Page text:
How Eskimos Keep Their Babies Warm by Mei-Ling Hopgood is highly interesting and for all of the right reasons. All cultures cherish the birth of babies and the nurturing years that the mothers in every culture spend raising their children. But some modern cultures differ when it comes to how children are attended to, encouraged, cared for and pushed to become adults. This book highlights different stories that are all true and very compelling true accounts of the way different groups raise their children around the world.
In a chapter regarding how Asian children are pushed to excel in school, Hopgood discusses the fact that Asian families are traditionally very involved in the academic studies of their children. The family gains status in the community based directly on the academic success of the children. The children have no choice but to excel in all areas or risk bringing irreparable shame on the family. In this way, Asian children are not automatically academically prone to excel in school, but are traditionally pushed quite hard by their parents to do so.
In another chapter, Hopgood describes how Polynesian parents allow other family members and friends to supervise the toddlers in the family. The youngest children in the community are able to become integrated into the community on their own, usually without the hovering of their parents over them. It is not unusual to find young pre-schoolers riding around on the back of a neighbor’s moped or at the market with someone in the community who took temporary care of the child for the day. The parents allow community members to watch their children and do not worry about them since the safety of the child continues to be a high priority (no matter who is watching the child at the time).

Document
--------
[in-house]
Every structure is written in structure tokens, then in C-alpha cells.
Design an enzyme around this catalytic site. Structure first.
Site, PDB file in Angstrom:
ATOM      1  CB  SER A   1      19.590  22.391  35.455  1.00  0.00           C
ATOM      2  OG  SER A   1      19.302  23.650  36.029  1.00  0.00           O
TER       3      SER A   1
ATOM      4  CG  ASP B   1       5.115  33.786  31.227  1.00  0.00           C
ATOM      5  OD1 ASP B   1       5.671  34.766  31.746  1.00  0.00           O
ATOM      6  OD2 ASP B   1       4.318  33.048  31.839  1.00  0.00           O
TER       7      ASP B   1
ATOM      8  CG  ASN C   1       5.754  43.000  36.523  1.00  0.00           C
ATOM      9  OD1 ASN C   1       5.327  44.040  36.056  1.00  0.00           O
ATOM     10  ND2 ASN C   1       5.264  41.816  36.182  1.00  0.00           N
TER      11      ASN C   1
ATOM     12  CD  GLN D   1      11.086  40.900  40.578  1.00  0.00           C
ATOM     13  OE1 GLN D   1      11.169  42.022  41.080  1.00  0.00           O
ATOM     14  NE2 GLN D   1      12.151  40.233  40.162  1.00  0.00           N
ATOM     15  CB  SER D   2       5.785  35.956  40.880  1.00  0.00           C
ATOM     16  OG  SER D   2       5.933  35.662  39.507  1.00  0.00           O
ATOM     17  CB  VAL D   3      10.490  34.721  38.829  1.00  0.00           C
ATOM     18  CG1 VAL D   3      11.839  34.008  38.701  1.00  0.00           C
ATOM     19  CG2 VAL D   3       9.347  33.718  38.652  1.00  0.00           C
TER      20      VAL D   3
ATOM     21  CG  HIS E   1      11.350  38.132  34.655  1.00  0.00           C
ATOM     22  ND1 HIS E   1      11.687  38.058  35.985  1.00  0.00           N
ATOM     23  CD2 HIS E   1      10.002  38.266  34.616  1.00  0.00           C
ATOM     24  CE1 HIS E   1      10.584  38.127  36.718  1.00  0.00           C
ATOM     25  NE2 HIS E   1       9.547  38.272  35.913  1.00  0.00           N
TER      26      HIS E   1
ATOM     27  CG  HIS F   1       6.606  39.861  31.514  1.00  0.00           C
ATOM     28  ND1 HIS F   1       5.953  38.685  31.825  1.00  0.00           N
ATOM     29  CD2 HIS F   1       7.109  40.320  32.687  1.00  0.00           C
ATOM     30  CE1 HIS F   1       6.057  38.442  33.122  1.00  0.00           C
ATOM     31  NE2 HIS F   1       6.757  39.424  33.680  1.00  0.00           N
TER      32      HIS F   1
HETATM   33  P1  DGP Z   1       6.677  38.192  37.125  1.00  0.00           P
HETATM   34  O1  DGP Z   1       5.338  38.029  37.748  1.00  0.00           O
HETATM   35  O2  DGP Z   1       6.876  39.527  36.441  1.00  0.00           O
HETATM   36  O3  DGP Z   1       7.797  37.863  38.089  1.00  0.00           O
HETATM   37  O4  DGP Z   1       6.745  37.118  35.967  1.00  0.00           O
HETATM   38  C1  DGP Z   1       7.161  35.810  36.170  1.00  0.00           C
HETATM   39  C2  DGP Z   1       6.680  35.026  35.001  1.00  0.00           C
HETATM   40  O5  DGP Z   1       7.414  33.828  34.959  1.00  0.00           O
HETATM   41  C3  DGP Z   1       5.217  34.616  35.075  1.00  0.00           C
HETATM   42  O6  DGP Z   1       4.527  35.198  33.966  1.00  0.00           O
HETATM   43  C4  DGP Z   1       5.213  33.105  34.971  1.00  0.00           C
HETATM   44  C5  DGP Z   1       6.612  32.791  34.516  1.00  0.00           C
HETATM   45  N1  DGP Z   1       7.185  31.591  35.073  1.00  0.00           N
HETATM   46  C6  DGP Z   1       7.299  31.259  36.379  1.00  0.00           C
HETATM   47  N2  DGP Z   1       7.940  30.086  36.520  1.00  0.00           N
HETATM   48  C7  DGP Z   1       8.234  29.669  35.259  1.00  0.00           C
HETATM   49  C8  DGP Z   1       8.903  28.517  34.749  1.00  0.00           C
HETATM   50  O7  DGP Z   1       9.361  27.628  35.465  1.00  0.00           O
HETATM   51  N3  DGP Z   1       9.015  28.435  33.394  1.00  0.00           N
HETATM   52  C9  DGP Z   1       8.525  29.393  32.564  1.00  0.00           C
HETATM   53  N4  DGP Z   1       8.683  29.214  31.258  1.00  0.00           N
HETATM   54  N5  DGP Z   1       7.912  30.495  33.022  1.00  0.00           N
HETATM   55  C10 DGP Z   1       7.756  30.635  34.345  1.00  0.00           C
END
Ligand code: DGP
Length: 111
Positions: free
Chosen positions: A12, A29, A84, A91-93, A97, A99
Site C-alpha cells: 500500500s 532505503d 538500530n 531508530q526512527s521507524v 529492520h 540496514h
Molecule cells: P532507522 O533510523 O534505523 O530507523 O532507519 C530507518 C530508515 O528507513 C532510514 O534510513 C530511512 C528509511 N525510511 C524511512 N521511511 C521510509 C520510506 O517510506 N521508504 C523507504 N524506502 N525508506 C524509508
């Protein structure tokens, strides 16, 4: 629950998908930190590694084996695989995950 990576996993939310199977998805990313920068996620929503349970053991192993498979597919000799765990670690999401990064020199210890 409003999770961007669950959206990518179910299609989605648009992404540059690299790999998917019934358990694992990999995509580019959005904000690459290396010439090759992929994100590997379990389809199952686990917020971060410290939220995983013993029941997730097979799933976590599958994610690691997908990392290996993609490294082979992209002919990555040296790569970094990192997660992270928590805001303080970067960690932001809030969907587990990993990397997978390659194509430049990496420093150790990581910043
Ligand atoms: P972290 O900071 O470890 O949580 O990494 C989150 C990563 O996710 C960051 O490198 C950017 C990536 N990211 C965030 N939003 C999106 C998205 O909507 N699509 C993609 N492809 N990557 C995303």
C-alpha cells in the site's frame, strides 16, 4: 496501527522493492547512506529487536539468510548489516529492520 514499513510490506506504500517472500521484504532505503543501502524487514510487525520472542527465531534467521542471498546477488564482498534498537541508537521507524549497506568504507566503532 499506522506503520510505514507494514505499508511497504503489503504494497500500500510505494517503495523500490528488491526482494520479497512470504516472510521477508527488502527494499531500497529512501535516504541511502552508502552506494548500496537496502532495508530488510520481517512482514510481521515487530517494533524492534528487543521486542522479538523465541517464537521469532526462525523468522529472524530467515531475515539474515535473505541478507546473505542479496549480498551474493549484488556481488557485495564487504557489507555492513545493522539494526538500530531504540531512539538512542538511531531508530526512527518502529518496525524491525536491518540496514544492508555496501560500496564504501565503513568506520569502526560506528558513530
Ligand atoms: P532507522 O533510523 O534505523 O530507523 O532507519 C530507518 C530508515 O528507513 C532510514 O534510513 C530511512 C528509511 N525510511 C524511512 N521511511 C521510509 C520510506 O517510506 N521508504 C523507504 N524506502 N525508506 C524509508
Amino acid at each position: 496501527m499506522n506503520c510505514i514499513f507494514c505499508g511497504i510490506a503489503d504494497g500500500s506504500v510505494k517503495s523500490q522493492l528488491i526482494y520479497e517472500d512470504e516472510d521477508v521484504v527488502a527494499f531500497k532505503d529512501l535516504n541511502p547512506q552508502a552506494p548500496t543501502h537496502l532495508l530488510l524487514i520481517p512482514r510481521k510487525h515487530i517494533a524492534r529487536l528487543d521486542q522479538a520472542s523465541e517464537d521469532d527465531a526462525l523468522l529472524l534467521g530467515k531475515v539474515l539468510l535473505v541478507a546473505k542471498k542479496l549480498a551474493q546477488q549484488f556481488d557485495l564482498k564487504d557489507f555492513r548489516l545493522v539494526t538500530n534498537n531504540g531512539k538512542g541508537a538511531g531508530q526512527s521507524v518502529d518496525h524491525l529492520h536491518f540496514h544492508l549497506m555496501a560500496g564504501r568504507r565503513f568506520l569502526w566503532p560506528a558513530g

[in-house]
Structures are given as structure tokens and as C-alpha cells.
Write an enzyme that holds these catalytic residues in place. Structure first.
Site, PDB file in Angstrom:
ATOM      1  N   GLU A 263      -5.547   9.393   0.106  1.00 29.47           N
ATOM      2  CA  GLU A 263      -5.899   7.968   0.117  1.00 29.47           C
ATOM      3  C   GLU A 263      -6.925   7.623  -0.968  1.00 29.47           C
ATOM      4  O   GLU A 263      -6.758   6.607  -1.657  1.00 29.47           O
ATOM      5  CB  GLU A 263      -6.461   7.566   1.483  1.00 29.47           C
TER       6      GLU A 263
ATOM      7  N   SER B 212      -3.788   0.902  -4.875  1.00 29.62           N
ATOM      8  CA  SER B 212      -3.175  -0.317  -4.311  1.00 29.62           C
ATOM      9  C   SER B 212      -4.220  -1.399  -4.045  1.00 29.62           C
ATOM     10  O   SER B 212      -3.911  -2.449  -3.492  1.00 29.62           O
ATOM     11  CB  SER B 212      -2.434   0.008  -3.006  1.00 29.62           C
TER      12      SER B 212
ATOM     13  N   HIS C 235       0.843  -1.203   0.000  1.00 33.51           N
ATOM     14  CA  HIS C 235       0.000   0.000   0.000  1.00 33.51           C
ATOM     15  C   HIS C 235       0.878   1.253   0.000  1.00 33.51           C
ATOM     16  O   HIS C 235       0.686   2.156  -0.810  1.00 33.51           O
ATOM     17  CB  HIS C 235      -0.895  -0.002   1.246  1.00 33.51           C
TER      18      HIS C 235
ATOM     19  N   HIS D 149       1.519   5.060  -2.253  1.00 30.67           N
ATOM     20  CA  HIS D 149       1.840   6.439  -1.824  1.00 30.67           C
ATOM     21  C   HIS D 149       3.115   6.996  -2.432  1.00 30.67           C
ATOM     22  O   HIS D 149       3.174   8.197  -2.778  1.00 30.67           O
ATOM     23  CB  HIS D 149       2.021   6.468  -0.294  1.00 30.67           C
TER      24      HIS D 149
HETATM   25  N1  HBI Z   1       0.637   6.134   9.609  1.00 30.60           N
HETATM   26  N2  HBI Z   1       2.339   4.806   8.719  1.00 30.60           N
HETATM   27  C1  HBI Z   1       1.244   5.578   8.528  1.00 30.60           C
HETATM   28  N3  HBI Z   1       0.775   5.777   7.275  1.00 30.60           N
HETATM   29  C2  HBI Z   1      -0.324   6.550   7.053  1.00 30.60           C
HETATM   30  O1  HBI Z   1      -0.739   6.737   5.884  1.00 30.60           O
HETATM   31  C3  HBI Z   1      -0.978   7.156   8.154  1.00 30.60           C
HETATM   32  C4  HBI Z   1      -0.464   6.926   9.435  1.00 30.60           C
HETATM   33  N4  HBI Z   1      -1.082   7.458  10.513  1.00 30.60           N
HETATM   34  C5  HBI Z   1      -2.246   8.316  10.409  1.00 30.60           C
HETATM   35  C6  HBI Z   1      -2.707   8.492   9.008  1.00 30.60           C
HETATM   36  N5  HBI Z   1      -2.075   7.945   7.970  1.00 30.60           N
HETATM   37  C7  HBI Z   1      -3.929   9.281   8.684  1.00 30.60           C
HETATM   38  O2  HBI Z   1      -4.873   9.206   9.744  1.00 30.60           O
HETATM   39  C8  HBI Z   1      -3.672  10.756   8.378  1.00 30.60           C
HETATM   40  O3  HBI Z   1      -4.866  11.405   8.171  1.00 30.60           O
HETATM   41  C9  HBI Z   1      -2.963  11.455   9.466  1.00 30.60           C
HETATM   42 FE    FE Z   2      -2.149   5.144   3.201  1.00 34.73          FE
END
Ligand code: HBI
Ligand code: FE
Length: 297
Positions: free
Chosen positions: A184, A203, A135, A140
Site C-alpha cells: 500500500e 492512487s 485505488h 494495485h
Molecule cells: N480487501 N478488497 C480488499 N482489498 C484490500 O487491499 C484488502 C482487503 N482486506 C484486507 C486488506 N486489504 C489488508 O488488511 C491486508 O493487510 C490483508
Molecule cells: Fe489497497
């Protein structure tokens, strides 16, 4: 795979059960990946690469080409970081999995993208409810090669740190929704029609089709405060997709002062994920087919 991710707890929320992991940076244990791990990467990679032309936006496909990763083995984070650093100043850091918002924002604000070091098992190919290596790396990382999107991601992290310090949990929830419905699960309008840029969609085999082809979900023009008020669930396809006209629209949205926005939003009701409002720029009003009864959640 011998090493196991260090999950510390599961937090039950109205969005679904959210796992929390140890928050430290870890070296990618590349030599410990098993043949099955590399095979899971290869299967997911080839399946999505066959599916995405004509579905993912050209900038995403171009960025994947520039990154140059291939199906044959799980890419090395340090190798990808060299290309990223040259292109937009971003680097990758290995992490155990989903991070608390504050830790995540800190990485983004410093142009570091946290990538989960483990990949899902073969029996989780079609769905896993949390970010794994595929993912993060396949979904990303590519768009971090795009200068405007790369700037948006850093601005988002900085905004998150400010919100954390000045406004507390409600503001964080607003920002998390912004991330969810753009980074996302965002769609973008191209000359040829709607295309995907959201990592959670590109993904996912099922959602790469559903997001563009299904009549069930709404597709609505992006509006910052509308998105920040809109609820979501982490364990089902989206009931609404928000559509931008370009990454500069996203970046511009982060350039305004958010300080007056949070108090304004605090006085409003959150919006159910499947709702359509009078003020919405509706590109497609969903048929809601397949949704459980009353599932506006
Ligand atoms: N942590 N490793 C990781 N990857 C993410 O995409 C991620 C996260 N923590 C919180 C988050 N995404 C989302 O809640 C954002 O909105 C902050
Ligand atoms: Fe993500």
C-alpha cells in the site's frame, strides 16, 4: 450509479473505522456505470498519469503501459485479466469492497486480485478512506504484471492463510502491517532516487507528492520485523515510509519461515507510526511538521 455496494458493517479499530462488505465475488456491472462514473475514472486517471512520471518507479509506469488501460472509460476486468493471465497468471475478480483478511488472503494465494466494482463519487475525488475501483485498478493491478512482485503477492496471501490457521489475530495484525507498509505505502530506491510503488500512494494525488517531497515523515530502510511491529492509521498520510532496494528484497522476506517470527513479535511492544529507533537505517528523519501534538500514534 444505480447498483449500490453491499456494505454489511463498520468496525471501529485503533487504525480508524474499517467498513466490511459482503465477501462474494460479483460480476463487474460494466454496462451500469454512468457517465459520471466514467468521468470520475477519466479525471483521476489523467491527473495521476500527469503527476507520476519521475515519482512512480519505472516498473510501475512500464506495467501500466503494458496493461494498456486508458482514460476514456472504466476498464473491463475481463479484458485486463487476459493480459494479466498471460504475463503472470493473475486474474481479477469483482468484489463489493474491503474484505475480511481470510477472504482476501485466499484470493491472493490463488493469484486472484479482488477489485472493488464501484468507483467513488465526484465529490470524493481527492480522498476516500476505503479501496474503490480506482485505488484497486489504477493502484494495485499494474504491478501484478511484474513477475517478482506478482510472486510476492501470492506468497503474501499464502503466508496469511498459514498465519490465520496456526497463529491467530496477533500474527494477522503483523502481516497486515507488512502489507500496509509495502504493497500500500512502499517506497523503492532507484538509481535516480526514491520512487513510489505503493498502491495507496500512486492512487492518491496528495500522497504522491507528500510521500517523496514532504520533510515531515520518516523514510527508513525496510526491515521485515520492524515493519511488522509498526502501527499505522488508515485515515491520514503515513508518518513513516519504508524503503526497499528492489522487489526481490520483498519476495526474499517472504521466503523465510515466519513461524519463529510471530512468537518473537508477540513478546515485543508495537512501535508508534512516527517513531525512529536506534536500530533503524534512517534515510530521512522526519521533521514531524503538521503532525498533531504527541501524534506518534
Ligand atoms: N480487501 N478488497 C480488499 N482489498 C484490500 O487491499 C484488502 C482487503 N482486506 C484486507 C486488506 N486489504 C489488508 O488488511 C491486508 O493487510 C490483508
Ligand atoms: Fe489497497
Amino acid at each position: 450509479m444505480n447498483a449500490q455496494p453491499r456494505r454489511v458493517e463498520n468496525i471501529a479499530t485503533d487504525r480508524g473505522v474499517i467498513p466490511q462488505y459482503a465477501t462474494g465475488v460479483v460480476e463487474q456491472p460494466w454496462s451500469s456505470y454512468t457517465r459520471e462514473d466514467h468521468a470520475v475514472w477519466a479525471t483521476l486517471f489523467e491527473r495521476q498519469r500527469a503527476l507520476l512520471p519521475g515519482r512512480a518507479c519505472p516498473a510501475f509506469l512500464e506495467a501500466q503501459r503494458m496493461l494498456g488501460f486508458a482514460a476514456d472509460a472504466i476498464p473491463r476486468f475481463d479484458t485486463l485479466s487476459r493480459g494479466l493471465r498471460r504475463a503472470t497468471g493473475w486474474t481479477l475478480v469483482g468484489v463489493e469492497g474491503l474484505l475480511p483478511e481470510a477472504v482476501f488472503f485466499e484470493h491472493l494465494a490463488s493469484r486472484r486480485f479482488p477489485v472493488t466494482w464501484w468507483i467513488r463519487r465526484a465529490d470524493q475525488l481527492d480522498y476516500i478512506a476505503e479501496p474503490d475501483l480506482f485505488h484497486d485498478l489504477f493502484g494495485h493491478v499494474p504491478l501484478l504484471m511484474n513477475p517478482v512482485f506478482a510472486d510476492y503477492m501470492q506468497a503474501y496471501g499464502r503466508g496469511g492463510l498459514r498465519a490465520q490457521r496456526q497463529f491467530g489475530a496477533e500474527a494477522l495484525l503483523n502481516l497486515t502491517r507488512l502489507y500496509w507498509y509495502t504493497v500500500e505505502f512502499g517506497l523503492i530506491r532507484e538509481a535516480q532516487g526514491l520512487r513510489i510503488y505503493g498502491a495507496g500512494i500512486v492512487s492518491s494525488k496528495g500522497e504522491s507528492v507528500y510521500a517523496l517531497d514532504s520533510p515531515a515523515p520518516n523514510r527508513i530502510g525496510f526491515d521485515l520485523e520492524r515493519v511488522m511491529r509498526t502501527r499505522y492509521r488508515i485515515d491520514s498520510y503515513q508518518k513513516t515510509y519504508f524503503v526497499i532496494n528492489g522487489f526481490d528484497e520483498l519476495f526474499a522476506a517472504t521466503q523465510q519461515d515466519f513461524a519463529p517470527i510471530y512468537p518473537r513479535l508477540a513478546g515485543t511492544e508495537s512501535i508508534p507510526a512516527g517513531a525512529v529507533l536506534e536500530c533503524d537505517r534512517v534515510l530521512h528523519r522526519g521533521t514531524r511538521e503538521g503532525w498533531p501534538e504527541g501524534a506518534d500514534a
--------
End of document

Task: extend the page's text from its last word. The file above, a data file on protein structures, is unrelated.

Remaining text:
How Eskimos Keep Their Babies Warm highlights the lives of children from various cultures in relation to how the parents and community look after them. The cultures, values and traditions of many different regions are explained as they relate to childrearing, and all stories are very interesting. I’d recommend this book to anyone but especially to mothers, since it provides such different and fascinating perspectives to childbearing.
After a decade of working in several NYC law departments and teaching, Poppy decided she enjoyed writing full-time. She currently works as a freelance writing consultant, and lives with her husband and sons on the East Coast.
Review copy was provided free of any obligation by Algonquin Books. No monetary or any other form of compensation was received.